Domestic Abuse can affect anyone, regardless of race, age, social background, gender, religion or sexuality. It can happen in short or long-term relationships, with ex-partners or family members. It is not acceptable in any circumstance.
Victims of Domestic Abuse can feel very isolated, and incidents of abuse often go unreported because the victim may feel trapped or alone.
Where can I get help or further information?
For support and help, call freephone the 24hr National Domestic Violence Helpline (run by Refuge and Women’s Aid) on 0808 2000 247
In a non-emergency, call Merseyside Police on 101.
In an emergency dial 999.
If you do not feel confident speaking to the police there are lots of other agencies that can support you, independent of the police. If you’re worried about taking the step of reporting Domestic Abuse, need advice or even just someone to talk to, a detailed list of support organisations specialising in Domestic Abuse in your area can be found on the ‘Who Can Help?’ page of this website, or by clicking here.
The Survivor’s Handbook
The Hideout is a website created by Women’s Aid to help children and young people to understand domestic abuse and how to take positive action if it's happening to them.
You can also contact your registered social housing provider.
How can I protect myself?
If you are experiencing Domestic Abuse, the most important thing to do is to tell someone you trust about what is happening. This could be your teacher, work colleague, GP, a neighbour or close friend, or any other trusted professional. Speaking to someone about what you are going through can help you to feel less alone and can support you in understanding your options.
If you are unsure about whether you are experiencing Domestic Abuse or not, go with your instincts; if it doesn’t feel right, it probably isn’t. You may feel alone and that no-one can help you, but many people experience abuse and there are people who can help. It is important to remember that it is not your fault and that there is support available.
Never be afraid to ask for help and always remember to dial 999 in an emergency.
Here is some practical advice to help you:
How to leave home safely:
- Have a small bag packed with spare clothes, keys, phone numbers and money in case you have to leave quickly. If you're afraid that it will be found, leave it at work or with a friend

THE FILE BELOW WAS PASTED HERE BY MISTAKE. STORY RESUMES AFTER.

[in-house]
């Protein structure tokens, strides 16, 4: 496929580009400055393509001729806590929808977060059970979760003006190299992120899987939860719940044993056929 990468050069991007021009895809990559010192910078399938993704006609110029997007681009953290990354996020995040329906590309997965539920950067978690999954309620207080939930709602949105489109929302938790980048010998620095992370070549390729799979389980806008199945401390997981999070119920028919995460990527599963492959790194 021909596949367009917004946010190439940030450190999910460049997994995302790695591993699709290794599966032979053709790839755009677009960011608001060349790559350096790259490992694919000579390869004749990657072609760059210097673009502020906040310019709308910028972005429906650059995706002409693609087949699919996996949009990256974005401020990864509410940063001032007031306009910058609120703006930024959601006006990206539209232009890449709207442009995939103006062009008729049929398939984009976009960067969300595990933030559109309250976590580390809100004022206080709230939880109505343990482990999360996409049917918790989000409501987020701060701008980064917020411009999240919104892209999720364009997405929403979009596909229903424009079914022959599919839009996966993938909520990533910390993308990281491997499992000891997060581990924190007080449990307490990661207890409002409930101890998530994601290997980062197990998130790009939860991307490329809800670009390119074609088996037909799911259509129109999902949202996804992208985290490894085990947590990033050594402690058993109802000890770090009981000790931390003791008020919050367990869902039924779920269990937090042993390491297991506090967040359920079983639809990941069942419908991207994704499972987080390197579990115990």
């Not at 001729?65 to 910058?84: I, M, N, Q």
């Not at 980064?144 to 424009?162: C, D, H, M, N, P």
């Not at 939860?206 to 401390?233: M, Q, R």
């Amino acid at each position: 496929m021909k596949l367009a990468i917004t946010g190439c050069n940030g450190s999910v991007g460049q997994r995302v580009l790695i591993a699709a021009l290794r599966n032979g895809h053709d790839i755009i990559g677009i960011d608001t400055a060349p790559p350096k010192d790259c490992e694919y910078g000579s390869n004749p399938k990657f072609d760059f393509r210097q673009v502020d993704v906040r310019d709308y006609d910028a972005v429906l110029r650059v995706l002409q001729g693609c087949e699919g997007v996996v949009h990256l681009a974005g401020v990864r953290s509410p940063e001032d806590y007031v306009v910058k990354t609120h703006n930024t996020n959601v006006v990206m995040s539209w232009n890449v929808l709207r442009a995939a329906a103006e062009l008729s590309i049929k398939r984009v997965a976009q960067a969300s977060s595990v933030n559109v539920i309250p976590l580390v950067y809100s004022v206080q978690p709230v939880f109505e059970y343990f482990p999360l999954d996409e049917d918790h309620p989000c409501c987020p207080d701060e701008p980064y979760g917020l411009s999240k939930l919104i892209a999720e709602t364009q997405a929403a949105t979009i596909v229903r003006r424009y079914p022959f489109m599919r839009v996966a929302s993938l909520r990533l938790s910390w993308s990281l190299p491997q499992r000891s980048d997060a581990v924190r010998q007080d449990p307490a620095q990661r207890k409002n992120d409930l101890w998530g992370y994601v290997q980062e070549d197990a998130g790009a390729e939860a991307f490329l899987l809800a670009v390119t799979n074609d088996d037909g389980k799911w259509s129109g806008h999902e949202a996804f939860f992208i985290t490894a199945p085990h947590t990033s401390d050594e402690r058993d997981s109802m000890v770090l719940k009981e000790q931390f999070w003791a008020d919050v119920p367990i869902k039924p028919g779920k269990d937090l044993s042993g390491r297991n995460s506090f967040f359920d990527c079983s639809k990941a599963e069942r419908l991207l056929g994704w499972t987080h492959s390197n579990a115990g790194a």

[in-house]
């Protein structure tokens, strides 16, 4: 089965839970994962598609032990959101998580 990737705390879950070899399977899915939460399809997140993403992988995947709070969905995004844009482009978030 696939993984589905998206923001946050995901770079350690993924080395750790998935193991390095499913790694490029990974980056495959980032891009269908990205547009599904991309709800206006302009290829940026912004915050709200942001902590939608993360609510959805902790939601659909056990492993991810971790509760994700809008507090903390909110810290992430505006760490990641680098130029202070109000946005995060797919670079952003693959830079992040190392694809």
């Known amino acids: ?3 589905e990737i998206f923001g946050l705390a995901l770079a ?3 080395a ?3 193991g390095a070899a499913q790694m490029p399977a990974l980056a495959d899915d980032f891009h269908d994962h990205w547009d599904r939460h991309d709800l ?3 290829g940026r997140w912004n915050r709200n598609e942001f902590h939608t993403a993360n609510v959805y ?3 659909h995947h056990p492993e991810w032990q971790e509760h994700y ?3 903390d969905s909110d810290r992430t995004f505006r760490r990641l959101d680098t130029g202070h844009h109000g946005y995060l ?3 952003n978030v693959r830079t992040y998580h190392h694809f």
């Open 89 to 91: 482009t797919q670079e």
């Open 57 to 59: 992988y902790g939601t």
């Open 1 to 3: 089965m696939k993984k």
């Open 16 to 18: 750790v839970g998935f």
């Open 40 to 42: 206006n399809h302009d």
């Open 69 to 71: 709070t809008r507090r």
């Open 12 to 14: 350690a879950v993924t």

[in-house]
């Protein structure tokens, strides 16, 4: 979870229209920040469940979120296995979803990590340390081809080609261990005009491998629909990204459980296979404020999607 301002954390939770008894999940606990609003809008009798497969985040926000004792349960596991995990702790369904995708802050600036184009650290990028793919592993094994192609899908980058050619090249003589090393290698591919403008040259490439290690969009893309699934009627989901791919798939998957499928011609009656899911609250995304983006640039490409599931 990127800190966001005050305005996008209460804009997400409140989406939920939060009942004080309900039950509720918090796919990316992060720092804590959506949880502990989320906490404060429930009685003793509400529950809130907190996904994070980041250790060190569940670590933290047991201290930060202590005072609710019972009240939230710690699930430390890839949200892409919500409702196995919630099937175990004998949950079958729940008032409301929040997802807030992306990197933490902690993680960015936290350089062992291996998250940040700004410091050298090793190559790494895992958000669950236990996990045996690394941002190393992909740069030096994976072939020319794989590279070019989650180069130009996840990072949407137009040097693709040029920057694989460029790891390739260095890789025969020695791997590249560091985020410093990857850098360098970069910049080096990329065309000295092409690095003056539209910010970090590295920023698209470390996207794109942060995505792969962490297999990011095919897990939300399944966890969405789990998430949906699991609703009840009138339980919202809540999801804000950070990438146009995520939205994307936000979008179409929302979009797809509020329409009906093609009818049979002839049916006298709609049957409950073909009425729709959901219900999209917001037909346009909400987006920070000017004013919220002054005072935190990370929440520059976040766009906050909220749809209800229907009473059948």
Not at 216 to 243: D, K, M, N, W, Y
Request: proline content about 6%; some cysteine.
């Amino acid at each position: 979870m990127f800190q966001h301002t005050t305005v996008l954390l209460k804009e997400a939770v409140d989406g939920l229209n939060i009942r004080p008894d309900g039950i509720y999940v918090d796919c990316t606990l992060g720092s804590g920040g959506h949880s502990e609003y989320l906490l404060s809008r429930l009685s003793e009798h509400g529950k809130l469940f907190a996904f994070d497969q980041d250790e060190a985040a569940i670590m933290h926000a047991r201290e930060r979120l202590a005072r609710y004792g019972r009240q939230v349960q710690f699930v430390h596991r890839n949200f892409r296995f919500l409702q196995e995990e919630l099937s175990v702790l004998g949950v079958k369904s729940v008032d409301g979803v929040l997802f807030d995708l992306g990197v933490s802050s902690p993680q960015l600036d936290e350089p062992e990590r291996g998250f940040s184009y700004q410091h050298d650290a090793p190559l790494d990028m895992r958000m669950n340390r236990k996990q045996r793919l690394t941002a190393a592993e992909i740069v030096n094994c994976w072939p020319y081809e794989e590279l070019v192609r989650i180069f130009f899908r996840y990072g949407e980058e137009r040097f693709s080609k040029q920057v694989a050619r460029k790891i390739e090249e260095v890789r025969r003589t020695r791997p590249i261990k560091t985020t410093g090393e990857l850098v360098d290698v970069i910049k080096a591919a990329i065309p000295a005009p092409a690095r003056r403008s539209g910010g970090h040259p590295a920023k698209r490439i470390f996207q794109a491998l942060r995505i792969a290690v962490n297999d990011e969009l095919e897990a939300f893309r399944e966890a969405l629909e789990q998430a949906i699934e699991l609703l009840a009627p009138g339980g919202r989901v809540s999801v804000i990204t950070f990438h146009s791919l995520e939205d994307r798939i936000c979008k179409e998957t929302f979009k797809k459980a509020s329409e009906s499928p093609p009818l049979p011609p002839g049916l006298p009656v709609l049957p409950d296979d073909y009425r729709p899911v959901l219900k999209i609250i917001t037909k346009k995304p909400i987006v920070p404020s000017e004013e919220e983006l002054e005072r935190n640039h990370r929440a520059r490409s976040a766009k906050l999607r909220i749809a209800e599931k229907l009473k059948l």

- Talk to your children beforehand about the possibility of leaving in an emergency if it's appropriate
- You may want to agree a code word or a plan with them
- Make sure you take your children with you when you leave
- Only leave when it is safe to do so
- If you later discover that you have left something behind, you can arrange to collect it with a police officer - don't return by yourself
- Tell somebody you trust that you are leaving
- Take some identification with you that might help others protect you from the abuser, such as a recent photograph.
How to keep safe during a violent incident:
- If you are able to, dial 999 in an emergency. Try to leave the phone off the hook so that the operator can still hear you
- If you can't ring 999, telephone or text a friend, relative or neighbour with a pre-arranged code word indicating that you need help so that they can call the police for you
- Plan escape routes before you need to use them
- If you have been injured and you have not been able to call the police, go to see your doctor or attend hospital as soon as possible.
Keeping safe if you decide to stay:
- Make sure you seek help from support agencies where you live
- Let the support agencies know how they can contact you e.g. at work or at a friend's address
- Make sure you remove all traces of contact with support agencies and delete your computer history if you have been on their website
- Dispose of phone records
- Use the internet in your local library or internet café to avoid leaving a trace
- Make sure you receive medical help for any injuries ensuring that they are recorded and photographed. These may be used at a later date to support court cases or re-housing applications.
Clare's Law (Domestic Violence Disclosure Scheme)
Clare's Law or the Domestic Violence Disclosure Scheme gives members of the public the ‘right to ask’ police to check whether a new or existing partner has a violent past.
For more information on this scheme please click here.
Domestic Violence Protection Orders
Domestic Violence Protection Orders (DVPO) protect victims by enabling the police and magistrates to put in place protection in the immediate aftermath of a domestic violence incident.